I’ve been going to the Austin Pow Wows since they began. The grand entry begins with the color guard (military veterans) who are followed by the gourd dancers, another group of warriors. First, the eagle staff is carried into the circle, followed by the American, state and tribal flags. Then, chiefs and headmen enter, followed by head dancers and royalty (i.e. honorary Powwow Princesses)
Other invited dignitaries are next to enter followed by the men: traditional dancers first, then grass dancers and fancy dancers. Women enter next: traditional dancers, fancy shawl dancers and jingle dress dancers. They’re followed by junior boys, traditional and fancy dancers, and the little girls, traditional and fancy shawl dancers. The dancers dance clockwise, around the arbor. The people coming together, uniting heaven and earth in a sacred spiral.
Circle the food wagons, are the days of restaurants numbered?
Strolling Ladybird lake anticipating the first annual trailer food festival. Music, foods from around the world, kids, people of every stripe. Classic Austin, all ages no holds barred Auditorium Shores – we’re in the dog park don’t you know. I’m not sure I will go to Pick up Stix any time soon (the only line that was less than 2o minutes long) but I’ll be on the lookout for new and exotic trailer food in South Austin and on Rainy Street. I do recommend the Fish trailer on South Congress and 2nd. Fun to sit curbside and watch the zoo pass by or, alternatively, to be exhibit A.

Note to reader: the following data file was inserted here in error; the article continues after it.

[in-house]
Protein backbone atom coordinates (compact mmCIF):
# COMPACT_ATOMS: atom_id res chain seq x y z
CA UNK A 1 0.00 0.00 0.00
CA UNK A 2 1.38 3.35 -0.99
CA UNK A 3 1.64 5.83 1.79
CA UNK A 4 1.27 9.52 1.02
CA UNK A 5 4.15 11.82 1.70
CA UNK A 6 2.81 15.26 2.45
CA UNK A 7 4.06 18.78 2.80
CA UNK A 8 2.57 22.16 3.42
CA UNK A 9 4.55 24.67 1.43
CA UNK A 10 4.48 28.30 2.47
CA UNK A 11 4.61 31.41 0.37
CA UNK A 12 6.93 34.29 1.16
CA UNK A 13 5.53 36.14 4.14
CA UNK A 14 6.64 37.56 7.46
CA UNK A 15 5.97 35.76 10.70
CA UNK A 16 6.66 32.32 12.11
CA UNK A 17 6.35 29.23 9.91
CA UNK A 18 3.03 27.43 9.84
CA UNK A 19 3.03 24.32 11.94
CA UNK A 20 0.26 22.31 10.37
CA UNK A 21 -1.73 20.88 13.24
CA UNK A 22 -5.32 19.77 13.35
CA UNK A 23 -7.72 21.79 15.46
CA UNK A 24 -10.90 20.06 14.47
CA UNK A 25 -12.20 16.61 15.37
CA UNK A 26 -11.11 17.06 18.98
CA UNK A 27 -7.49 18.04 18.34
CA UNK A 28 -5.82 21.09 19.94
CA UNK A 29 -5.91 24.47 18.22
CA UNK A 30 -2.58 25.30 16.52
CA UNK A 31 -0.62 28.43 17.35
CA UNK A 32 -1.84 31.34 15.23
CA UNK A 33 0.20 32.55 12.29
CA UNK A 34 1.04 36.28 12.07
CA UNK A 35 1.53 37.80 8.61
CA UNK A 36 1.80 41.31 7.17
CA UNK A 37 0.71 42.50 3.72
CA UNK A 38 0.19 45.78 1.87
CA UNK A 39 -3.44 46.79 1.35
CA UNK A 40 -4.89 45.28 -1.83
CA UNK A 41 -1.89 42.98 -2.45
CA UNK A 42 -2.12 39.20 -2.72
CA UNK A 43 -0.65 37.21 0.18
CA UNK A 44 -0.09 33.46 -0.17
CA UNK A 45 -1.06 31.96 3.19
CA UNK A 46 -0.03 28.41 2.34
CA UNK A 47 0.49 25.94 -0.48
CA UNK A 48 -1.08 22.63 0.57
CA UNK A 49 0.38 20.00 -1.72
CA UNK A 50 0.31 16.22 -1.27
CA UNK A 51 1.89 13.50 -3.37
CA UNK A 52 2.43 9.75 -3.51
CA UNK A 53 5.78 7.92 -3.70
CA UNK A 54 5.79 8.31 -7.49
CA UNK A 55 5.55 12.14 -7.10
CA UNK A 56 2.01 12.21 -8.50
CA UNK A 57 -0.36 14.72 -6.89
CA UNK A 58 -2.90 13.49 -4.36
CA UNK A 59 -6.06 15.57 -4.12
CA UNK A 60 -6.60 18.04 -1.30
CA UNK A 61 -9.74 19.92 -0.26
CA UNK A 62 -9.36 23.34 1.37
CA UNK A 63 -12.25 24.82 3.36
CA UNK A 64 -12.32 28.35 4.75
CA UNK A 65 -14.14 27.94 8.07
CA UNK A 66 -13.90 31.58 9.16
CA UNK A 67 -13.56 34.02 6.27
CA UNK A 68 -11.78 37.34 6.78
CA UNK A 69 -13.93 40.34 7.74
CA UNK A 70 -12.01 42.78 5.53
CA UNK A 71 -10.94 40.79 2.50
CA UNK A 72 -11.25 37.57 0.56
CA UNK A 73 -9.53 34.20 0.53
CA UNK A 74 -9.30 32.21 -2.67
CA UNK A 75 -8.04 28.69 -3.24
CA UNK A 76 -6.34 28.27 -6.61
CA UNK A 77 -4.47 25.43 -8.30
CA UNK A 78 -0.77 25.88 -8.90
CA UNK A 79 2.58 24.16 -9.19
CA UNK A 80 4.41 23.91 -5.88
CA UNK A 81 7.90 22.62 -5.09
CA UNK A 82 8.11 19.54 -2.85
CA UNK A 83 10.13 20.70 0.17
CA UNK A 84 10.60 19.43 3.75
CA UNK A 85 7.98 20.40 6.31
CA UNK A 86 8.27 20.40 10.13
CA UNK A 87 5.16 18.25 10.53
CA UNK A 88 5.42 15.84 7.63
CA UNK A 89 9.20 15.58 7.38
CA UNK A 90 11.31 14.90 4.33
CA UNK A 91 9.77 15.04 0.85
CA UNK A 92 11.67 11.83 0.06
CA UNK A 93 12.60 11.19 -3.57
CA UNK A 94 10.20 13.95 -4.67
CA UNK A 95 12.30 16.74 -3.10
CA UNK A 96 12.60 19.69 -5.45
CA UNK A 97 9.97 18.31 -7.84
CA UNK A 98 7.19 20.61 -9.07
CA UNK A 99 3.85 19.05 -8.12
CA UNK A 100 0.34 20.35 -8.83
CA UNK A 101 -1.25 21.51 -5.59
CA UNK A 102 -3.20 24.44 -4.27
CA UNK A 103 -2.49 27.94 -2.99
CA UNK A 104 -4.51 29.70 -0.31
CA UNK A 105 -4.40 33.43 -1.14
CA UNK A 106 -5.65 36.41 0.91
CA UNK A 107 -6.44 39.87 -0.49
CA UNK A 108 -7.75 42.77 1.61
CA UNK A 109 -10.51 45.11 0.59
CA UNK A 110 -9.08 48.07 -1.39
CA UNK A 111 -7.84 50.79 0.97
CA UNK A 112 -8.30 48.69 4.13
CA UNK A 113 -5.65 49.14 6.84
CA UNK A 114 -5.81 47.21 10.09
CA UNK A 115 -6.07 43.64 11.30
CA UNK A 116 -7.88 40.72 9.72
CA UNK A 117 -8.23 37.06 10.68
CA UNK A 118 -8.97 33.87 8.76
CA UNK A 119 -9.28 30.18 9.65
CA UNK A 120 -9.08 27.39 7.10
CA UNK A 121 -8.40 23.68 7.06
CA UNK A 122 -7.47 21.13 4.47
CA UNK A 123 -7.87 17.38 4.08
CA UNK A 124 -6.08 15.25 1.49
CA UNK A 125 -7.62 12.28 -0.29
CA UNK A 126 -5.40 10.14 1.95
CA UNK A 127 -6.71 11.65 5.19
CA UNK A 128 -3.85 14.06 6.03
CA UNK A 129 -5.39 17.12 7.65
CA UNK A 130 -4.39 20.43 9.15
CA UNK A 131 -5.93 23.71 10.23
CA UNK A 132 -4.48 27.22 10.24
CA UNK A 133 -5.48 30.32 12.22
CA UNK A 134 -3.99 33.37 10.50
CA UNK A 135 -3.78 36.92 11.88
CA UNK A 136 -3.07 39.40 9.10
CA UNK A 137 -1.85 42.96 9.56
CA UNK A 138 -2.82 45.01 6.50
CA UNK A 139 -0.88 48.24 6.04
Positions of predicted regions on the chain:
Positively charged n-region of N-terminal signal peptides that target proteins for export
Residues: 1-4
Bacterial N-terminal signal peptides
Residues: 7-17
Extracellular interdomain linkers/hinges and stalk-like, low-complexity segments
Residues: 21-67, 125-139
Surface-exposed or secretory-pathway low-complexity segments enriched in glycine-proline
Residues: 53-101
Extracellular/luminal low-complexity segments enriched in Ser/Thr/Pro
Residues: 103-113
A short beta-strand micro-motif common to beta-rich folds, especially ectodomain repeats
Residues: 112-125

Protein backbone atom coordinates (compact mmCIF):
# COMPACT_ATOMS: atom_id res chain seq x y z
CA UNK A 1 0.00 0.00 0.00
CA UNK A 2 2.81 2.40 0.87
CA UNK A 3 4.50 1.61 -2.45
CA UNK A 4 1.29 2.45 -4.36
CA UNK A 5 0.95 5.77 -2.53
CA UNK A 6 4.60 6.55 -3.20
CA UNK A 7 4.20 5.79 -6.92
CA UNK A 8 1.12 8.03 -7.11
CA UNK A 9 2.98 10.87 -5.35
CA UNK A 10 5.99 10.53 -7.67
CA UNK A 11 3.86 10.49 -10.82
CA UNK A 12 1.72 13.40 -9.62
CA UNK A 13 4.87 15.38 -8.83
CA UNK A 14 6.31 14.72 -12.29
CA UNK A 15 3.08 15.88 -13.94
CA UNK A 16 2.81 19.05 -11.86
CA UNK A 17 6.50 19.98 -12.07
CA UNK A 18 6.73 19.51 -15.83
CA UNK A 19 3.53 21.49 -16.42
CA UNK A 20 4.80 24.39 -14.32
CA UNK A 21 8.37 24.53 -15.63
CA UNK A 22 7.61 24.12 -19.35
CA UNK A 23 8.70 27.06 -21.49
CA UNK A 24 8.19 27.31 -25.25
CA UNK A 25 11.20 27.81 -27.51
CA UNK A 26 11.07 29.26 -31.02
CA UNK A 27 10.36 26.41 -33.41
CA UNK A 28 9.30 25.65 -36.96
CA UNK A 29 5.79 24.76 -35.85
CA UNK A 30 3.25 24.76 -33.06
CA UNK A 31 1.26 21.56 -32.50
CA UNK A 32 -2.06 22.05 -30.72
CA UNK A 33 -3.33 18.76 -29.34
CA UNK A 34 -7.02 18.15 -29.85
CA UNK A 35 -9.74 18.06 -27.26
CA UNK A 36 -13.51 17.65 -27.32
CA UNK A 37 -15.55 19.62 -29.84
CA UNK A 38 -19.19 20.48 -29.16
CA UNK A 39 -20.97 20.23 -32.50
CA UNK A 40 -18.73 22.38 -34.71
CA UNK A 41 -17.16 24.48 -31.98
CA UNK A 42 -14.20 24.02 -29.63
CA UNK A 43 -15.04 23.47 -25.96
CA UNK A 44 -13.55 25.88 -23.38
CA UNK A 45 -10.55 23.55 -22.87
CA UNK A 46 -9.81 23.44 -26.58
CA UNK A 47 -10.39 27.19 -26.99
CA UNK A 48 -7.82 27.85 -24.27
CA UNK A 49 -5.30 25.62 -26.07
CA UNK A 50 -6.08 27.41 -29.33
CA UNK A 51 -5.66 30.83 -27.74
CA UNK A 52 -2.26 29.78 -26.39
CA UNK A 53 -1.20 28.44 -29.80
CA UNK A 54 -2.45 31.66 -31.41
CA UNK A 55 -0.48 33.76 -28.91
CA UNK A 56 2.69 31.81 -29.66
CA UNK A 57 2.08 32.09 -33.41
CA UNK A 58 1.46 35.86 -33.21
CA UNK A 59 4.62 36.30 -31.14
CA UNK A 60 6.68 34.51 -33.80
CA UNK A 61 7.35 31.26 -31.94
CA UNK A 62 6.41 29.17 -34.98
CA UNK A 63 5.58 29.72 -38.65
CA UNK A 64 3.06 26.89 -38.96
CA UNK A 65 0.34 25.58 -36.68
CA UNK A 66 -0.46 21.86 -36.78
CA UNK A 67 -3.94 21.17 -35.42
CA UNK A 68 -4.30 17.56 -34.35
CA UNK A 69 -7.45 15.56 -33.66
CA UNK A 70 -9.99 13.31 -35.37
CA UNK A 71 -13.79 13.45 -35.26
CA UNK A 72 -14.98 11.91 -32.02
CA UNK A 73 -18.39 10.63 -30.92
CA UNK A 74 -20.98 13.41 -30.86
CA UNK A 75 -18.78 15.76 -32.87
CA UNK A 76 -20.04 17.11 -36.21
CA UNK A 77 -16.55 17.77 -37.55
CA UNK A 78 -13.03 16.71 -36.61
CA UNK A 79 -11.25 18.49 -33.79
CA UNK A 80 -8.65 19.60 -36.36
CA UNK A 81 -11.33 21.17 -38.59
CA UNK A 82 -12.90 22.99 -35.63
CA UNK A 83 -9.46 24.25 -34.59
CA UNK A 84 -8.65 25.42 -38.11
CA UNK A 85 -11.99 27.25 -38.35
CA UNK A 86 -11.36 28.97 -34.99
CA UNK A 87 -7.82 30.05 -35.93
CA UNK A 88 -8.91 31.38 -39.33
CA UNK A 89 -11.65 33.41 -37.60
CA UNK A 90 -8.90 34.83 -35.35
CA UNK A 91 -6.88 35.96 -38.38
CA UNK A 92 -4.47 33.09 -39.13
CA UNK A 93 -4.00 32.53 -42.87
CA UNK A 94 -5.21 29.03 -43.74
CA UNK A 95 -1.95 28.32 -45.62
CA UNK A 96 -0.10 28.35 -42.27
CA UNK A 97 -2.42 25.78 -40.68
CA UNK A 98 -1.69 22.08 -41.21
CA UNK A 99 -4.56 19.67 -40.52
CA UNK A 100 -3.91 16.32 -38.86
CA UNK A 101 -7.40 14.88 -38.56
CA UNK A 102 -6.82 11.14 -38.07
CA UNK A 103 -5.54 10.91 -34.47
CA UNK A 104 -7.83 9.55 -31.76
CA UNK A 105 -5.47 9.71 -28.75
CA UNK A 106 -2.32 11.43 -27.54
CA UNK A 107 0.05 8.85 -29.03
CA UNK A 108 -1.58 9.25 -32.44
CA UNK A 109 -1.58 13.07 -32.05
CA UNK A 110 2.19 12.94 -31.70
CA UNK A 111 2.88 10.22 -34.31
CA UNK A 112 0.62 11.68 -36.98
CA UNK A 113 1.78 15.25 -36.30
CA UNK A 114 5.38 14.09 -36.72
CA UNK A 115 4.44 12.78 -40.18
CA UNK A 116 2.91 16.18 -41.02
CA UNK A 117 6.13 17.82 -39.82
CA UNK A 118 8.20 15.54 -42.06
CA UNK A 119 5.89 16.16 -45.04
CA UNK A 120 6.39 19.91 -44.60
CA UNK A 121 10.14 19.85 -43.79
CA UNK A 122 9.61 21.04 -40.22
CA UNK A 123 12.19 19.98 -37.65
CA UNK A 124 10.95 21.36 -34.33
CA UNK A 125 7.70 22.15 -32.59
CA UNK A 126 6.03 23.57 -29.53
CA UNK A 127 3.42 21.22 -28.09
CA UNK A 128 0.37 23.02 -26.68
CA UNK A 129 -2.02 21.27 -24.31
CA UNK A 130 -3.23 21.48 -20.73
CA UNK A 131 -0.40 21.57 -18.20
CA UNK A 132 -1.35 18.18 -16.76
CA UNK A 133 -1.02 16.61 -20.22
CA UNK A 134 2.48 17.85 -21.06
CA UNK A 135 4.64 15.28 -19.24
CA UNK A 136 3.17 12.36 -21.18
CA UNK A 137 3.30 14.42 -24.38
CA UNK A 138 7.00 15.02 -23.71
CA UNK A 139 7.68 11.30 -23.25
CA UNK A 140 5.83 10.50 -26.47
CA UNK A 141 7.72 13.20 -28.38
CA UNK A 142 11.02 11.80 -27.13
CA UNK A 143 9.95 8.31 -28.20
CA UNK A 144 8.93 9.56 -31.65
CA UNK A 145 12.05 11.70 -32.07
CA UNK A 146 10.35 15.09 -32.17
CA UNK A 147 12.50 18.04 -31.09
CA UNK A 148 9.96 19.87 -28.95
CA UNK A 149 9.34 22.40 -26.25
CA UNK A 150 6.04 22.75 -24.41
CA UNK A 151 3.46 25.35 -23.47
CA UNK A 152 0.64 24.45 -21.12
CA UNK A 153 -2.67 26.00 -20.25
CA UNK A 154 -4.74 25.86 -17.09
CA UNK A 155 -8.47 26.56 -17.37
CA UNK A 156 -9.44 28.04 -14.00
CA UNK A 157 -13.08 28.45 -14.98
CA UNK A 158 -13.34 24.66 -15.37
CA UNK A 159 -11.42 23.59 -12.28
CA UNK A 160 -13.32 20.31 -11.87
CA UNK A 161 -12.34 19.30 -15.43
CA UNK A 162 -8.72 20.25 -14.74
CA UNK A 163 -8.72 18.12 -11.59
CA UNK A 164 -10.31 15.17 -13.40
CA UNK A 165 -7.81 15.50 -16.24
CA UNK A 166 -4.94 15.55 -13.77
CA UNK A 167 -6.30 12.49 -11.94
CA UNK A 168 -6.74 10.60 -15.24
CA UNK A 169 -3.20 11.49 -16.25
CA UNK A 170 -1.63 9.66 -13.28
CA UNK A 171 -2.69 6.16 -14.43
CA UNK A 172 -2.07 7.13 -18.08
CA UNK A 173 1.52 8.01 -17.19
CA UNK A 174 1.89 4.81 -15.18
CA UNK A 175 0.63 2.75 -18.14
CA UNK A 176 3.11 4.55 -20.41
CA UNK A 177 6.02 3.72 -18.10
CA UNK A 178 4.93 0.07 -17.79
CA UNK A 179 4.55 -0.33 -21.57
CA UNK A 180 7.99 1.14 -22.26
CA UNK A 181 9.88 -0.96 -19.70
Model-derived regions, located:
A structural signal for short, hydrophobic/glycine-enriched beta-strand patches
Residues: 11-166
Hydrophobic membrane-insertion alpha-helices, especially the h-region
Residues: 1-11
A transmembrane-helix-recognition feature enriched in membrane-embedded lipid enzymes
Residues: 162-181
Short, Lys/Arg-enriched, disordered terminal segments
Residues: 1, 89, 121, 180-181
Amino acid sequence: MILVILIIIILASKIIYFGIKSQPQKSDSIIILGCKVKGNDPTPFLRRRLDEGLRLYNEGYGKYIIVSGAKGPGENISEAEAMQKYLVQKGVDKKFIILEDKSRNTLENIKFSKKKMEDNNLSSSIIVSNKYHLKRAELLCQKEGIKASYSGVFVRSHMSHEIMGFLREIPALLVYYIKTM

A classic outing, beginning with breakfast at Sazon on South Lamar. Aside from the red bordello patterned wallpaper, the migas tacos were good and the coffee decent. After a walk at Ladybird Lake, where a rowing regatta took center stage, we headed to the Mexican American Cultural Center for their day of the dead celebration. Since we arrived early, we wandered down to Rainy street for a beer and a trailer taco that had more flavor than substance. Enjoyed the Icenhauer patio, shown above. I’m sorry for the inconvenience to the denizens of Rainy street but I like the new development there. It’s fun and somehow reminiscent of old Austin. There are some who will disagree but playing ping pong over cocktails . . . .
Dia de los Muertos was just beginning at MAAC when we arrived; parking was already at a premium. The altars, uniquely appointed with memorabilia and favorite foods of the dearly departed, reminded me of my own loved ones. I would like to make an altar next year. The harvest cycle, death and rebirth, threads through every generation, Honoring the past, acknowledging death as a part of life is more restoring of sanity than yesterday’s parade I’m guessing.
Club 21 cannot be replaced. I took these pictures of the Lucky Tomblin Band playing there last October and set them to one of Lucky’s tunes. A classic dance hall since the late 1800s. If those walls could talk . . .